I will fill in the following chart to make sure I am providing opportunities for each type of learner in my classroom to find success by utilizing their strengths to process the concepts and application of the information of the given topic, theme or lesson.

I ask a series of questions to gaurantee that I am looking for opportunities to address each of the seven multiple intelligences.

How can I bring numbers and calculations into this lesson?
Are there methods of classification and organization that can be utilized?
Will students incorporate logic and critical thinking as part of the learning process?

Can I utilize visualizations, color, and visual aids to this presentation?
Will students draw or create images to coincide with the lesson?

How can I bring music and sound to this lesson?
Can I utilize rhythm or meoldy to present this lesson?
Can key points be linked to sounds?

How can involve whole body experiences?
Are there hands on activities that can be utilized?
Can students move to reference key points and ideas?

How am I utilizing the spoken, written and read word in this lesson?
Can students utilize vocabulary?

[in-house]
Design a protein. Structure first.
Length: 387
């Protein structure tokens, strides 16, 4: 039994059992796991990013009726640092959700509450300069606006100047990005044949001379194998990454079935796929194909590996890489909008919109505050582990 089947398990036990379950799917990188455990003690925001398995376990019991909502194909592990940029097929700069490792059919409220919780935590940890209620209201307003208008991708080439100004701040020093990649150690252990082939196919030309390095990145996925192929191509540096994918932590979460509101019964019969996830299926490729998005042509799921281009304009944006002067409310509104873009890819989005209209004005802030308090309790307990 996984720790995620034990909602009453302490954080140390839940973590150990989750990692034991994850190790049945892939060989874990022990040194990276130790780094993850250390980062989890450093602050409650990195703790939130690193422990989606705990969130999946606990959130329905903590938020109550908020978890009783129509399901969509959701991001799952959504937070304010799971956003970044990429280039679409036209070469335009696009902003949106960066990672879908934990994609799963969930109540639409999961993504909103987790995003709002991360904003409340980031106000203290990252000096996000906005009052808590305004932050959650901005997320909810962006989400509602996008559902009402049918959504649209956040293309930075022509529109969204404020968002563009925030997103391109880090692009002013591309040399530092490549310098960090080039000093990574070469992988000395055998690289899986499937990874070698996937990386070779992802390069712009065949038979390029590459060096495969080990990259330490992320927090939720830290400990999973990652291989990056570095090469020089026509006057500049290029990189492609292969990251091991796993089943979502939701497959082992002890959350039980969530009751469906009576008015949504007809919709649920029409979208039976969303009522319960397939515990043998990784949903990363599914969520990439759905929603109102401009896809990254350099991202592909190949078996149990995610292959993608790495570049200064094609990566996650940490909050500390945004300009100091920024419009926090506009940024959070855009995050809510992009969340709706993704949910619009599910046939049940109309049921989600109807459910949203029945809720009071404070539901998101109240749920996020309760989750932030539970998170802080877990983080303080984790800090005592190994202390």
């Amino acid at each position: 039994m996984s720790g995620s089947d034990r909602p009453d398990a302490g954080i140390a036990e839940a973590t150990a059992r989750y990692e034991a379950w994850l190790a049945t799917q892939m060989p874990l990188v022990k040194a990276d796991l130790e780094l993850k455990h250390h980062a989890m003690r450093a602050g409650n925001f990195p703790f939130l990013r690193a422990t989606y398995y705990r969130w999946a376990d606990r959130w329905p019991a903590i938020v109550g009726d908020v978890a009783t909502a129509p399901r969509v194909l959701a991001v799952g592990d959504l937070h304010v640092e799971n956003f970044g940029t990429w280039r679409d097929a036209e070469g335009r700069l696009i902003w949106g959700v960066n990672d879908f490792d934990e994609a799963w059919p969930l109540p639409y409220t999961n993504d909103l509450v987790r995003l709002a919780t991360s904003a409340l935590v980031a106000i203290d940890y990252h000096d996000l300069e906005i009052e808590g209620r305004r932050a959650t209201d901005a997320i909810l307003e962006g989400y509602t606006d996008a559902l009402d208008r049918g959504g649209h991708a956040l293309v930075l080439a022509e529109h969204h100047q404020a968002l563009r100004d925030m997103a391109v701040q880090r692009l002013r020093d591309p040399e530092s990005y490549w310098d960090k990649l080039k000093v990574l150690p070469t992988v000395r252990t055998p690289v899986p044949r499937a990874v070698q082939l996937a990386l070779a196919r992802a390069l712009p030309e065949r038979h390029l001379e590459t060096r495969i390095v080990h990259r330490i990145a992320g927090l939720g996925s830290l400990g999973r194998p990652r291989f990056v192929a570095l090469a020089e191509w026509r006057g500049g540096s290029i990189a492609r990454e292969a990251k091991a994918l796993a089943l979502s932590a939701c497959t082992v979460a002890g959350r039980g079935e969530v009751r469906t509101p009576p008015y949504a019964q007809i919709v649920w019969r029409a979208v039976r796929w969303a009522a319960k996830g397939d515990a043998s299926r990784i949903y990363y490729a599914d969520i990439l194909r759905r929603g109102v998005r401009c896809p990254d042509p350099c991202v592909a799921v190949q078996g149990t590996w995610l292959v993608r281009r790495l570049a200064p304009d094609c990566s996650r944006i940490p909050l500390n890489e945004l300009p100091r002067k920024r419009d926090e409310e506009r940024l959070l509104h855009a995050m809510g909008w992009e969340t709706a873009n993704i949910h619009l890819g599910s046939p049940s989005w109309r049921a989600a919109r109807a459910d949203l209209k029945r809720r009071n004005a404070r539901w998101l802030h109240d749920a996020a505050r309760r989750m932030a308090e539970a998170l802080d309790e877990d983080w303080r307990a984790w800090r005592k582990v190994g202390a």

Are stories, metaphors and analogies useful to this lesson?

Are students asked to relate their own experience to this lesson?
Can students evoke emotion, feelings or memories?
Are students given an opportunity to make personal choices?

Are students engaged in peer sharing?
Can group activities be used to simulate this information?
Is cooperative learning possible for this lesson?

Monday, May 16, 2011


As an educator do you design your lessons to incorporate the development of lifeskills that students will utilize beyond the walls of your classroom?  Can students see the connections between what is learned in your classroom and the world that they curretly or will live in? Do students find value in what you teach, or do they ask, "When will I use this in real life? 

The list below is a reminder of the LIFESKILLS that students must leave our classrooms with in order to function in the world we share.  

To act according to a sense of right and wrong
To do something when it needs to be done
To be willing to alter plans when necessary
To keep at it
To plan, arrange and implement in an orderly way; to keep things orderly and ready to use
Sense of Humor
To laugh and be playful without harming others
To do the very best in all cases
Common Sense
To use good judgment
To create solutions in difficult situations as well as everyday problems
To respond when appropriate, to be accountable for ones actions
To wait calmly for someone or something
To make and keep friends through mutual trust and care
A desire to investigate and seek understanding of one's world
To work together toward a common goal or purpose
To feel and show concern for others

Wednesday, May 11, 2011

Goldfish Tails and Circulation

To witness blood flow in arterioles, venules and capillaries, my students view the transparent tails of living goldfish under the microscope.